The 12-hour train journey was rather smooth.  We met a local couple from Bangalore.  They had just finished touring Rajasthan and were heading to Jaipur for their return flight down south.  We four shared a First Class compartment for 12 hours until we got off at Ajmer.  In the compartment, we locked the door, took off the lights, and wrapped ourselves in our own cocoon liners beneath sheets provided by the train.  Not sure if it was the rumbling noise or the steady movement of the train, we felt a little sleepy and soon fell asleep.

IMG_9952The manager 1st Gate Home Fusion Hotel arranged us free transport to the railway station.  We arrived at the station about half an hour before departure.

IMG_2279Our online seat numbers finally came out when we arrived at the station. We were a little excited as it was our first time to take the train in India.

IMG_9951The train seemed infinite at both ends.  But first we had to find our 1A car.  We met a young local couple who were looking for the same car as ours (it turned out that they were sharing the same compartment with us).  It took us a while to find the right car.

IMG_9957At about 12:30am, we finally settled at our compartment.  It was a First Class 1A car, with four beds in each compartment.  We took up the beds at one side, and the young local couple took up the opposite side.

IMG_9958The train car was neat and quiet.  We were ready to get some rest during the 12-hour train ride.

IMG_9964The Ranikhet Express ran at an average speed of 42km/h. The journey was rather smooth and we arrived at our destination Ajmer Junction in approximately 12 hours since we left Jaisalmer.

IMG_9968We had some sleep during the night.  In the morning, a young hawker came to our compartment to offer breakfast.  We asked for two cups of chai tea to start our day.

IMG_2333We arrived at Ajmer Junction 15 minutes later than scheduled.  Our “12-hour roommate” bid us farewell before heading back into the train, while we looked for the station exit.

IMG_9972Outside of Ajmer Station, we met the driver from our hotel in Pushkar.  Soon we embarked on our half hour journey from Ajmer to Pushkar, the thousand-year-old sacred city for Hindu pilgrims.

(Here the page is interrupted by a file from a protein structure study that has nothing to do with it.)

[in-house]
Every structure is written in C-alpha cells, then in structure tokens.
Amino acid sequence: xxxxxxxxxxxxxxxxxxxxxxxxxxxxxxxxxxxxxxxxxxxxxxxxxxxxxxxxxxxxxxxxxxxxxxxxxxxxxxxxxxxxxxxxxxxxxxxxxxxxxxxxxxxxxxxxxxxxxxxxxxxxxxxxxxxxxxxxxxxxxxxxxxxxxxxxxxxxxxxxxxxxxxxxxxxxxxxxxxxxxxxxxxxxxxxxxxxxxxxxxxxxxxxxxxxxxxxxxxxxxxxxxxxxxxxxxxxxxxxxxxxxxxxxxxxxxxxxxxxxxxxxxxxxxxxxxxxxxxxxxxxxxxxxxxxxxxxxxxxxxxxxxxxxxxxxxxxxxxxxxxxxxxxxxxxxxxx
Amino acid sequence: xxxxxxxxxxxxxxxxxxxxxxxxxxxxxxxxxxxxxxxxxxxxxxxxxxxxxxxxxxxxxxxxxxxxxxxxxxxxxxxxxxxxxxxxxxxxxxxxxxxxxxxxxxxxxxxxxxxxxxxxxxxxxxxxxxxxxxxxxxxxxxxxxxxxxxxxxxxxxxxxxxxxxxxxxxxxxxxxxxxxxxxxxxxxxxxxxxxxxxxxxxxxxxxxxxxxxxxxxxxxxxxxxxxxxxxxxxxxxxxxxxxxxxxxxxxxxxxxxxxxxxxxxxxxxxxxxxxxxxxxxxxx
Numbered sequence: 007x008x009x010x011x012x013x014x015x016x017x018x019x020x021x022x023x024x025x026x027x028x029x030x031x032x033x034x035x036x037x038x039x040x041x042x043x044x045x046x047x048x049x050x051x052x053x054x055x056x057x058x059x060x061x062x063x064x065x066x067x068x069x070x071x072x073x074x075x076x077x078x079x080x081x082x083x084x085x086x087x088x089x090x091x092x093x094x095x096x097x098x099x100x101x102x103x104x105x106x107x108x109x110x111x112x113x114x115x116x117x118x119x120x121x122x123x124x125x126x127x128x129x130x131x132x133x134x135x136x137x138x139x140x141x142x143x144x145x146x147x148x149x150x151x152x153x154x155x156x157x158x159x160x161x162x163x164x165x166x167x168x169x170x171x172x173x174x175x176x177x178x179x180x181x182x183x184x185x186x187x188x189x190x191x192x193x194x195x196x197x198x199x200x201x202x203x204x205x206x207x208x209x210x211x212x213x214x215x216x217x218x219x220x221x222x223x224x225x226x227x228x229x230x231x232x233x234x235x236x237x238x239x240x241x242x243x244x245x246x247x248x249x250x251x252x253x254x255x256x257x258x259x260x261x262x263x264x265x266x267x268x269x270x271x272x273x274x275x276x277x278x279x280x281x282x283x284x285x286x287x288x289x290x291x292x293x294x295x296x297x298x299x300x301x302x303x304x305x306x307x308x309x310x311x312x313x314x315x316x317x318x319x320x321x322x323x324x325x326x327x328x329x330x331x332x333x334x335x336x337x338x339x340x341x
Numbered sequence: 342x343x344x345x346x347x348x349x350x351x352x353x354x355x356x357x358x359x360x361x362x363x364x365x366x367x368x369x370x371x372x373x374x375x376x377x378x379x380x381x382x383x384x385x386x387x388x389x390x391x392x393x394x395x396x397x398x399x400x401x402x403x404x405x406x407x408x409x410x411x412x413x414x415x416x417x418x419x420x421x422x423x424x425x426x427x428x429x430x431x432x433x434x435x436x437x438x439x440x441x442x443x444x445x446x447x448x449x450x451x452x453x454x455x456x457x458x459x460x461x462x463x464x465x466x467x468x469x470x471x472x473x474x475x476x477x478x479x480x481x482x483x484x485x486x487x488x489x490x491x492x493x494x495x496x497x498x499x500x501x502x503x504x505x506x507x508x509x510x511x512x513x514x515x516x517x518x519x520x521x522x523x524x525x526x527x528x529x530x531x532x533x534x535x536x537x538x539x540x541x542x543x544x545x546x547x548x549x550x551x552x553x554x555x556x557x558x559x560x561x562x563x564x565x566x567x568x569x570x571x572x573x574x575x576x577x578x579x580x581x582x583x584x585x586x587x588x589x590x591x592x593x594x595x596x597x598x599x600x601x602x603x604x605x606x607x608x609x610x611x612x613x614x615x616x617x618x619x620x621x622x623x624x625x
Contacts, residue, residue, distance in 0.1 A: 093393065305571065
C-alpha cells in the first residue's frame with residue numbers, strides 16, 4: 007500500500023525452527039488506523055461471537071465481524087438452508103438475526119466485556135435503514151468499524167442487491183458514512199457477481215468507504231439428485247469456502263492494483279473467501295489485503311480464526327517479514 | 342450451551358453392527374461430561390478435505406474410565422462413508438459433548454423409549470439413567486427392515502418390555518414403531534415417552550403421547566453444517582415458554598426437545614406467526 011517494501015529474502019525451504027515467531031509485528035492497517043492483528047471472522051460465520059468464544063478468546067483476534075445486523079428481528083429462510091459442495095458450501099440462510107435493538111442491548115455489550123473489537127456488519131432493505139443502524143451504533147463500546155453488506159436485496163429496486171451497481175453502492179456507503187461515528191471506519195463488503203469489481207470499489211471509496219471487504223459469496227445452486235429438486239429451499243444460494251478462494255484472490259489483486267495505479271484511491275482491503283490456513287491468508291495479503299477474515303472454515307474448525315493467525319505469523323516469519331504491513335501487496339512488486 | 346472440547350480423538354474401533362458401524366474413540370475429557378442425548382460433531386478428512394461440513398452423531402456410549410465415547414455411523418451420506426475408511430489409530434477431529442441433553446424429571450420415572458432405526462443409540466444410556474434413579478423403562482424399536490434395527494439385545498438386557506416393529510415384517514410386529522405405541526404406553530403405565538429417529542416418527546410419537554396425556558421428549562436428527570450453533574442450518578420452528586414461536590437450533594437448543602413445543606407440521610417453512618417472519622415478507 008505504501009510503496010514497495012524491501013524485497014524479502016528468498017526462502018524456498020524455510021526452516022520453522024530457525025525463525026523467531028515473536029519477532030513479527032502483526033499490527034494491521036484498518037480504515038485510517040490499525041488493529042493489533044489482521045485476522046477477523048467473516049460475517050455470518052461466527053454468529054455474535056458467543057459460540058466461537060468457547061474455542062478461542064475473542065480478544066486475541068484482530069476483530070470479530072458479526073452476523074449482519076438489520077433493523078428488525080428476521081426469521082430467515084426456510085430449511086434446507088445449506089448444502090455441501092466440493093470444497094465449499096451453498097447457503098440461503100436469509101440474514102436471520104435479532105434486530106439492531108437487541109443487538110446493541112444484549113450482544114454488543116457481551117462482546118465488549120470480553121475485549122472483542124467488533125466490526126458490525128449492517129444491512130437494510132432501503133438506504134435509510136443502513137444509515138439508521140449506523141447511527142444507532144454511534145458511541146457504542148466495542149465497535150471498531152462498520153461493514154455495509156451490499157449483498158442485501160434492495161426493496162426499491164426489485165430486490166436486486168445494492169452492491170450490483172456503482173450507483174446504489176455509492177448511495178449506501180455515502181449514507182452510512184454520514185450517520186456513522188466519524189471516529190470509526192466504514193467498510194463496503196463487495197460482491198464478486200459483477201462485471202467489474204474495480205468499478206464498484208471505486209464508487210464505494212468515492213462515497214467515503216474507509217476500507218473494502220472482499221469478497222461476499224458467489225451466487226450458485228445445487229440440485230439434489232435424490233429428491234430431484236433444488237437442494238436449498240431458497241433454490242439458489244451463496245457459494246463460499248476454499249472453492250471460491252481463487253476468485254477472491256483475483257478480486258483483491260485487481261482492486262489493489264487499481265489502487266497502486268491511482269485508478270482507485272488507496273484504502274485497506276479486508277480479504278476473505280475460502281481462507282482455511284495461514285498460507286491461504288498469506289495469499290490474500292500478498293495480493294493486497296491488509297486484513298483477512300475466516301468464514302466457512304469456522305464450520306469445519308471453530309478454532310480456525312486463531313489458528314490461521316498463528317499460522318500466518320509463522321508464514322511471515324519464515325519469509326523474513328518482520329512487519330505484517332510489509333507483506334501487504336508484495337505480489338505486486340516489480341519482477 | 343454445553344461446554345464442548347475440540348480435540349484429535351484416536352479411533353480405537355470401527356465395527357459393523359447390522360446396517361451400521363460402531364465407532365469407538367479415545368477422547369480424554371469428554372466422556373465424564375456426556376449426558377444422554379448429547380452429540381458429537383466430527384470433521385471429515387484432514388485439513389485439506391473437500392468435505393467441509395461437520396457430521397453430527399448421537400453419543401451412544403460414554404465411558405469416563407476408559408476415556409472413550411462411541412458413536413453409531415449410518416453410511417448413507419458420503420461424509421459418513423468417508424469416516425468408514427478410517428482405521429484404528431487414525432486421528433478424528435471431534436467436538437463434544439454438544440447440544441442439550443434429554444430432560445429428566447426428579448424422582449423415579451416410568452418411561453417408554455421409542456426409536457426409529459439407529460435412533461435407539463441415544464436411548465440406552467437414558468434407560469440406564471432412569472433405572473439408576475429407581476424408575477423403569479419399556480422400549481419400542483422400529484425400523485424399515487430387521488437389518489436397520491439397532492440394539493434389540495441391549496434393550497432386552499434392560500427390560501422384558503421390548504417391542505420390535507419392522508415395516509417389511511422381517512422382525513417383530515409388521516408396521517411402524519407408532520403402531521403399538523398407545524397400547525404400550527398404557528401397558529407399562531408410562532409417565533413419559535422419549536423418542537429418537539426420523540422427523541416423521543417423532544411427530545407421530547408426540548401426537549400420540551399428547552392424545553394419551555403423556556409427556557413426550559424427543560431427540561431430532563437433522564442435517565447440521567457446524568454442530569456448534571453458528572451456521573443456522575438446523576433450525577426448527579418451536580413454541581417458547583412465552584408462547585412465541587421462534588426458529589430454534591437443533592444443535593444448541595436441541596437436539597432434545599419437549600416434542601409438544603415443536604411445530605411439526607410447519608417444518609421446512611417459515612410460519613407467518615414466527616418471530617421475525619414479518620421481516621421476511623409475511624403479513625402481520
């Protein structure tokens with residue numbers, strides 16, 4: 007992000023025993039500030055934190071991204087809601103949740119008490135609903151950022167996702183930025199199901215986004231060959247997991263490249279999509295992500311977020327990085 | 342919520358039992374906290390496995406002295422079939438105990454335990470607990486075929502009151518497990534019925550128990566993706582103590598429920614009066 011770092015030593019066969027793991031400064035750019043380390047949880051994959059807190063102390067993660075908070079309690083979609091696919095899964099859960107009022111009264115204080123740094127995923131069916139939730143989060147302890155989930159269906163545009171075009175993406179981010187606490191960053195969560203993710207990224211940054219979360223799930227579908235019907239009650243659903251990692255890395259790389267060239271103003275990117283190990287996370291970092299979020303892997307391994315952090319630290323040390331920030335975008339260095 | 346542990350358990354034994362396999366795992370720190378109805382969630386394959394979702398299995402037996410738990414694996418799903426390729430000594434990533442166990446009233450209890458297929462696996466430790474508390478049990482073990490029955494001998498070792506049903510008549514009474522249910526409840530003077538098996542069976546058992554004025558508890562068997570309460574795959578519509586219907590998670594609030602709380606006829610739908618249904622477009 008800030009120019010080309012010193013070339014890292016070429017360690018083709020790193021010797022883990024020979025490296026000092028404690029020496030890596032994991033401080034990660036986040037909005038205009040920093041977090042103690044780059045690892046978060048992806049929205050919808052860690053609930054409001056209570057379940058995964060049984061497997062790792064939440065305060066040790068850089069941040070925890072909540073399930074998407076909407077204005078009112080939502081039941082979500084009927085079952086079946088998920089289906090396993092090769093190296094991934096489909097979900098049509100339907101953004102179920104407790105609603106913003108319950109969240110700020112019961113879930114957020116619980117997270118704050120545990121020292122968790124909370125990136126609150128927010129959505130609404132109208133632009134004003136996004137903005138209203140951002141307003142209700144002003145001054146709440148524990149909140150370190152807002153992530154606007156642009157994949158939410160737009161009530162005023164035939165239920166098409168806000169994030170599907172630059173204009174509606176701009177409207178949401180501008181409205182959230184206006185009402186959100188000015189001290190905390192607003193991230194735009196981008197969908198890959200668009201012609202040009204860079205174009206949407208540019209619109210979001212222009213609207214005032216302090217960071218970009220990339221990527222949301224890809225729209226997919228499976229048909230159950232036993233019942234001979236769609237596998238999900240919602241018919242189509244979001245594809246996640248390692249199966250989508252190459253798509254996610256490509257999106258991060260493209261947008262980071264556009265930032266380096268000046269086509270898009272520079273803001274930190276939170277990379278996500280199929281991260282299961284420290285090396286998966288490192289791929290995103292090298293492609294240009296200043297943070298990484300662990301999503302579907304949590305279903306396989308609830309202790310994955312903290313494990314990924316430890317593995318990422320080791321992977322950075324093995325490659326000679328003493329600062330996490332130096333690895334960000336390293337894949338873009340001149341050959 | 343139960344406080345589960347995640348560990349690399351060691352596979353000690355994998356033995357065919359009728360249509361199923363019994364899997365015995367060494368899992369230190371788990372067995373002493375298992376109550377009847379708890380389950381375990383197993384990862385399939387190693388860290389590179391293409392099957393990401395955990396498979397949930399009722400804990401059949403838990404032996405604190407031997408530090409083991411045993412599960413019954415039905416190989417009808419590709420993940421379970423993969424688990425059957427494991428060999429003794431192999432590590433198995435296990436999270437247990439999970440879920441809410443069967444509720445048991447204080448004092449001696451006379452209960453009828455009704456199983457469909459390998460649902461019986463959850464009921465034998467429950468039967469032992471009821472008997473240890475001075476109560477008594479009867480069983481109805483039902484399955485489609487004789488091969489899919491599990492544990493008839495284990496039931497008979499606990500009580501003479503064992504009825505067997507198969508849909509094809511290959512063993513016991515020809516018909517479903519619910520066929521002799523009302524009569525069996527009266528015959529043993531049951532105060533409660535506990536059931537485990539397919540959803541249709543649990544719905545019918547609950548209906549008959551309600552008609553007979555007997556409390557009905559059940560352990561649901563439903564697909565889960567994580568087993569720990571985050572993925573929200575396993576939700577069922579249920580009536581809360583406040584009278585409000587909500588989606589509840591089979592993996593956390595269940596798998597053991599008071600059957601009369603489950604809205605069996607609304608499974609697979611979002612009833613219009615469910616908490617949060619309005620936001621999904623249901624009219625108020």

IMG_997313km separated Ajmer with the peaceful sacred city of Pushkar.

IMG_9981We left Ajmer and entered Pushkar Valley in the Aravalli Mountains.  Before leaving Ajmer, our eyes were caught by a group of people carried religious or ceremonial tools heading uphill.

IMG_0014In early afternoon, we finally arrived at Inn Seventh Heaven.

IMG_9999Inn Seventh Heaven centers around a refreshing courtyard.

DSC_1434Our spacious room at Inn Seventh Heaven turned out to be a pleasant surprise.

IMG_9997Outside the window, a festive ceremony was taking place across the street.

IMG_0026After settling in, we walked up to the rooftop terrace of Inn Seventh Heaven.

IMG_0010Relaxing seating were provided all over the common areas of the hotel.

IMG_0017On the top floor, a spiral staircase led us to the rooftop restaurant.

IMG_0022A rooftop restaurant in the midst of the sacred Pushkar was the perfect place to chill out and do nothing.

IMG_0027As no meat was allowed in Pushkar, we had a hearty vegetarian lunch before heading out to the sacred lake.

DAY 4 (1/5): RESERVOIR OF THE GOLDEN CITY, Gadsisar Lake, Jaisalmer, Rajasthan, India, 2018.11.27

Our second day in Jaisalmer began with flagging down a tuk tuk in front of First Gate Home Fusion Hotel to Gadsisar Sagar or Gadsisar Lake, an artificial lake that supplied water to Jaisalmer for centuries.  Just like many places in the desert state of Rajasthan, maintaining water supply has been an essential aspect for the city’s survival.  The peaceful artificial lake was constructed at around 1400 by the Maharaja of Jaisalmer Maharwal Gadsi Singh.  As the years progressed, the lake had also become a place of pilgrimage, and venue for religious festivals and leisure boating.  Temples and shrines mushroomed around the lake, and so as religious statues and the beautiful Tilon Ki Pol (Gate of Tilon) for ceremonial purposes.  Today the lake has become a popular destination for anyone who wants to get away from the noisy streets inside the city walls of Jaisalmer.  In winter, visitors may find themselves with surprise sighting of migratory birds (along with the lake’s more permanent residents: pigeons, dogs, and the large catfish).

IMG_9569A passageway connects Gadsisar Sagar with the main road.  We arrived early in the morning when souvenir stall owners were busy setting up their stalls along the passageway.

IMG_9562Built by Tilon, a famous courtesan, the grand gate Tilon-Ki-Pol is the main gate of Gadsisar Sagar.  The maharaja refused Tilon’s proposal of the construction, but Tilon built the gate while the maharaja was away.  She put a Krishna temple atop the gate so that the maharaja could not tear it down.